Harriet Miers and the Meaning of Cronyism--

I want to endorse the thoughts of my co-conspirator Randy Barnett expressed in the Wall Street Journal: "Cronyism."

At the time of the Roberts appointment, I thought that one thing that endeared Roberts to Bush was his likely support for government power in the War Against Terror. That reason looks to be much more significant as an explanation for the Miers appointment.

It seems to me that there are two sorts and motivations for cronyism: one kind of cronyism is to do favors for friends and relatives to help them; the second kind of cronyism is to favor friends or relatives, not to help them, but because you think they would do a better job than others. When John Kennedy chose his brother Bobby to be Attorney General or Lyndon Johnson chose his close friend and former lawyer, the eminent Abe Fortas, to be an Associate Justice, these were not done primarily as favors to these men, but rather because Presidents Kennedy and Johnson wanted people they trusted in top government positions.

I suspect that George Bush's cronyism is of the second sort. I suspect that Bush is under no illusions that Harriet Miers is the best qualified person (or woman) for the job, but she may well be the one that he trusts most strongly to do a good job on the issue he cares most about, the War on Terror.

That said, it's still cronyism.

Unless Miers performs extraordinarily well during the Senate hearings, I am opposed to her nomination.

zwichenzug (mail) (www):
So, first, I can't parse your first sort/second sort distinction. Are you saying that Fortas, Kennedy, and Miers are all of a piece, or that Fortas and Kennedy were one thing and Miers another? (I suspect that there's a typo here)

For my part, I think Fortas and Kennedy were different. That is, I believe that JFK honestly thought that Bobby was the right man for the AG job and that Fortas, whatever his qualifications (which were real), was a crony in the bad sense of the word. Miers looks a lot like Fortas to me in this respect, but less qualifed.
10.5.2005 1:25am
I believe you and Professor Barnett have cut directly to the heart of the matter! The President CLEARLY does not want another Scalia because he is the justice who wrote the most scathing slapdown in any of the War on Terror cases to date. To go with a principled conservative is to run the risk of inhibiting GWB's grand designs of executive power.

The President wants us to take his word for it that Miers is just the ticket much like he wants to be able to declare anyone an Enemy Combatant & throw away the key with no process whatsoever. It's not just GWB, I do not want to trust ANYONE with such unreviewable power! I shudder to think what mischief a Hillary Administration would wreak...
10.5.2005 2:03am
Kyle Radison (mail):
Get SenatorS Brownback and Coburn to VOTE NO!
10.5.2005 2:08am
Jim Lindgren (mail):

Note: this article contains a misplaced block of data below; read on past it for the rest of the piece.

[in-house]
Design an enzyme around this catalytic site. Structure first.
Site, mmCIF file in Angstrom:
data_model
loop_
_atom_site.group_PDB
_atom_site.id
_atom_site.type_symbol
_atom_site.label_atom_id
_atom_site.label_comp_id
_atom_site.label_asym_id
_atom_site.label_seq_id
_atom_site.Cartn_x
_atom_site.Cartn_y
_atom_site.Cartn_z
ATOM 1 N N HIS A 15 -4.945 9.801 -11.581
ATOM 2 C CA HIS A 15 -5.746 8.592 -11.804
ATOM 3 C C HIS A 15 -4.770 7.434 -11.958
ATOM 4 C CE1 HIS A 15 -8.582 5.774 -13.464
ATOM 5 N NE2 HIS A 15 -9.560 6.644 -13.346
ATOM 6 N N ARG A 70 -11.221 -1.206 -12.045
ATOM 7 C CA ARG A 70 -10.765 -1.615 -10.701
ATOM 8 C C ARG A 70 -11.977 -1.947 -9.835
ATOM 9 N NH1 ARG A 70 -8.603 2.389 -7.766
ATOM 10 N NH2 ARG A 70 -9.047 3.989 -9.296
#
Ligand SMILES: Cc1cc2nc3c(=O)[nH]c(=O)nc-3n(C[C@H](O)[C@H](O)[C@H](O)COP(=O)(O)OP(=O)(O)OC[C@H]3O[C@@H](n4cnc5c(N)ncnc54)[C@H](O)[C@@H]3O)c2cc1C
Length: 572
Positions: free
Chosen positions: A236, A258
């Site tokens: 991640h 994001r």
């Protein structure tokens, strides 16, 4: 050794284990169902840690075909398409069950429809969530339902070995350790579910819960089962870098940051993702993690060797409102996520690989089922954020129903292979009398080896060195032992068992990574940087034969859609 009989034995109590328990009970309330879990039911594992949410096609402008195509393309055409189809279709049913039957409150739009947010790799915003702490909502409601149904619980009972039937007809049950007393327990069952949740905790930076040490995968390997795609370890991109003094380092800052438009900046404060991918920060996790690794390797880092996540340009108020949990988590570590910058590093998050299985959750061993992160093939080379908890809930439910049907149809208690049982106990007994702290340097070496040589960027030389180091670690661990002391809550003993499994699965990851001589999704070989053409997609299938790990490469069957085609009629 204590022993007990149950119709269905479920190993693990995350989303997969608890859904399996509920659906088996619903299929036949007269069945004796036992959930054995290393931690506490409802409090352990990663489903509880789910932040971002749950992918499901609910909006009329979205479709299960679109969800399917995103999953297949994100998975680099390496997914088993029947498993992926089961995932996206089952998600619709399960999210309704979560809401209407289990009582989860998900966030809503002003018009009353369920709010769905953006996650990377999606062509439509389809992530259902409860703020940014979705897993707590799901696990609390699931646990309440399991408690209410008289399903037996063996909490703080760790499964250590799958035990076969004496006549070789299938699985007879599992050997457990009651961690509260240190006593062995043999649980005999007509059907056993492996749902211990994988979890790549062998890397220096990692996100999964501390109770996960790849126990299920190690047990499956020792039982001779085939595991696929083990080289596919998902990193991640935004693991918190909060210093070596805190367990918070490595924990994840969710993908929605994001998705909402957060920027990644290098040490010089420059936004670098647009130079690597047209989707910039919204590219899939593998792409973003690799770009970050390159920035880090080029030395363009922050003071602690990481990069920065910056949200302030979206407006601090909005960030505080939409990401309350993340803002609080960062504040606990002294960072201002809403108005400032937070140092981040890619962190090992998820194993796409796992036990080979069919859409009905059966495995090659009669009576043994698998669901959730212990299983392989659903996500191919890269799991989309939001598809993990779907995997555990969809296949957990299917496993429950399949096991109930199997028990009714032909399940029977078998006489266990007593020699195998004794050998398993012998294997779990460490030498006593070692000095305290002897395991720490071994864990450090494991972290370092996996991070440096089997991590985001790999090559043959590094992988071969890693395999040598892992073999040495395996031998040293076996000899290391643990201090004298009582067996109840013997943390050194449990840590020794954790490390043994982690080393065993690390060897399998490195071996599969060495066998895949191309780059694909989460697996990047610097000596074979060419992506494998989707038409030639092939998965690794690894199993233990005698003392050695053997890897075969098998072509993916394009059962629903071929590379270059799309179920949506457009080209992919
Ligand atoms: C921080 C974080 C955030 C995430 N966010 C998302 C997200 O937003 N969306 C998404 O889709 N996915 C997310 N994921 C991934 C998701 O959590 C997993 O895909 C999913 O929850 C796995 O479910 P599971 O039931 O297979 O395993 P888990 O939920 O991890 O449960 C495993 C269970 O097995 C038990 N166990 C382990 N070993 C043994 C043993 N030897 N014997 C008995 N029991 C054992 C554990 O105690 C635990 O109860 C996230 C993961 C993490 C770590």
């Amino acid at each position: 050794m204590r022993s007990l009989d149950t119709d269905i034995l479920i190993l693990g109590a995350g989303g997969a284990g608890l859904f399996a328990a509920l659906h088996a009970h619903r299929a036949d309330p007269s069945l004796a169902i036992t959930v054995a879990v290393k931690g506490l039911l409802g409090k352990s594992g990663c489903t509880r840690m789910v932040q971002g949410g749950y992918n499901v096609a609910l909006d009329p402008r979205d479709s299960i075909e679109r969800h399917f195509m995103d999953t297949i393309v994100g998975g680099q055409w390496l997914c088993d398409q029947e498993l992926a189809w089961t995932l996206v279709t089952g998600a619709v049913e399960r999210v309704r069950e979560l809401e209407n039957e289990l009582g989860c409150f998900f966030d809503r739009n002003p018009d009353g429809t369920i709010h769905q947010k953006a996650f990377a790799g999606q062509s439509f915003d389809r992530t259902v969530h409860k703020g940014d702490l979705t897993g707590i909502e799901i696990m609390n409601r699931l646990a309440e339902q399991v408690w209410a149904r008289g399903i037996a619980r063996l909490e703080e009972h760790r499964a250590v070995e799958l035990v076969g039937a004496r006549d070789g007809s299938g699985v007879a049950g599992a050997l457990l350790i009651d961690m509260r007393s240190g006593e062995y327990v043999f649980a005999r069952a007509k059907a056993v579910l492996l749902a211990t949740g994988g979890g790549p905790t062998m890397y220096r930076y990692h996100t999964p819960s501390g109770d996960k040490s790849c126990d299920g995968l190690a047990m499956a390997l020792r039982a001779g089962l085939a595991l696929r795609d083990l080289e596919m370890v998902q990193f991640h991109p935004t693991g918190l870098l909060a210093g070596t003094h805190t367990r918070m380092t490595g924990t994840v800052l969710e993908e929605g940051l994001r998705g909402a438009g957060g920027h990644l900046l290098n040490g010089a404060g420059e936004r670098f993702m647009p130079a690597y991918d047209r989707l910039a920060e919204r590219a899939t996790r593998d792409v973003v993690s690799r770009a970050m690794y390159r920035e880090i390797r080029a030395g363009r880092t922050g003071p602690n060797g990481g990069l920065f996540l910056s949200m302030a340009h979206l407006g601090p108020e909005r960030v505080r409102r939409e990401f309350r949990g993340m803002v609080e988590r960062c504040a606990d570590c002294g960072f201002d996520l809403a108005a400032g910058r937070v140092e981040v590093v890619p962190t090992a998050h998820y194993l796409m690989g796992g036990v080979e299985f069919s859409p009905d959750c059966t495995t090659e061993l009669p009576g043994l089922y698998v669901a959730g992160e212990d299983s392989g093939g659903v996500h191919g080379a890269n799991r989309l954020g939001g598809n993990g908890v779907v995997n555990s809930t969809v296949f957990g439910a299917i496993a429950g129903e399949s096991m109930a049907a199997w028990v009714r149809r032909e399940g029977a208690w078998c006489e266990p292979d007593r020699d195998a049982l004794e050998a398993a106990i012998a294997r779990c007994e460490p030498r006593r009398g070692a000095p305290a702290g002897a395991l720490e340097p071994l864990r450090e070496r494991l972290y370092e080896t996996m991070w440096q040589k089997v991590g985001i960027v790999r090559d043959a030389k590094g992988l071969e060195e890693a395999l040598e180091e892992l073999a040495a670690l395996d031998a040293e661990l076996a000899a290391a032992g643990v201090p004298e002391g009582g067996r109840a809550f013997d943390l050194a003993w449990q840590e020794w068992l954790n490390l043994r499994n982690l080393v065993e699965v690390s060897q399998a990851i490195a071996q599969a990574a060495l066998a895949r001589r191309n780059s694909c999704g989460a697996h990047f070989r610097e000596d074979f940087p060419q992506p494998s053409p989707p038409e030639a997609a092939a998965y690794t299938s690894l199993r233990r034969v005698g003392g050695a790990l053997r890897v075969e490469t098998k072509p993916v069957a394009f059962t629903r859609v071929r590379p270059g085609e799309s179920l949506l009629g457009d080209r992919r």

I meant to say that Bush's motives in appointing Miers were probably the same as in the RFK and Fortas appointments--to get the best person and someone the president trusted, not the person whom others would view as the most qualified.

That said, it's still cronyism, and so far Miers does not seem to be as talented as RFK or Fortas, though both RFK and Fortas had other drawbacks.

Jim Lindgren
10.5.2005 1:46pm
zwichenzug (mail) (www):
Fair enough. Thanks for the clarification.
10.5.2005 4:54pm
Bill Dyer (mail) (www):
"Cronyism" is a pejorative term, not a remotely neutral one. Its commonly understood connotations include corruption, graft, and incompetence. Prof. Barnett and the others who've been throwing it around know that, or should, and you should as well. You clearly are not making those accusations, however, so I suggest you avoid using the term. And in particular, unless you can come up with some evidence of unethical, illegal, or improper behavior, I'd suggest that you knock off the Fortas comparison.
10.5.2005 10:37pm

Hey, hey, hey. Watch it with the Fortas comparisons. Miers may be unqualified, but so far as we know, there are no ethical issues, certainly not to the extent of Fortas.

If you have proof to the contrary, show it; Otherwise, as mentioning Abe Fortas leads most people to think immediately that the person is corrupt, mentioning him as a comparison is probably not a good idea.
10.6.2005 12:39am
markm (mail):
I think there are three sorts of apparent cronyism, not two:

1) You hired her to work closely with you because she was the best person for the job; now there's a new job opening, and after reviewing all the possible candidates as objectively as possible, she is the best for that job.

2) You prefer a qualified person you can trust in this position to a stranger who may be better qualified. This is acceptable for cabinet positions (where working with the President rather than against him is a requirement), but not for judicial and other positions that are supposed to be independent.

3) You just hand the jobs out to your friends.

GWB is too good of a manager to be consciously doing #3, but if this appointment isn't #2, he sure ought to bring out the evidence supporting #1...
10.6.2005 6:25pm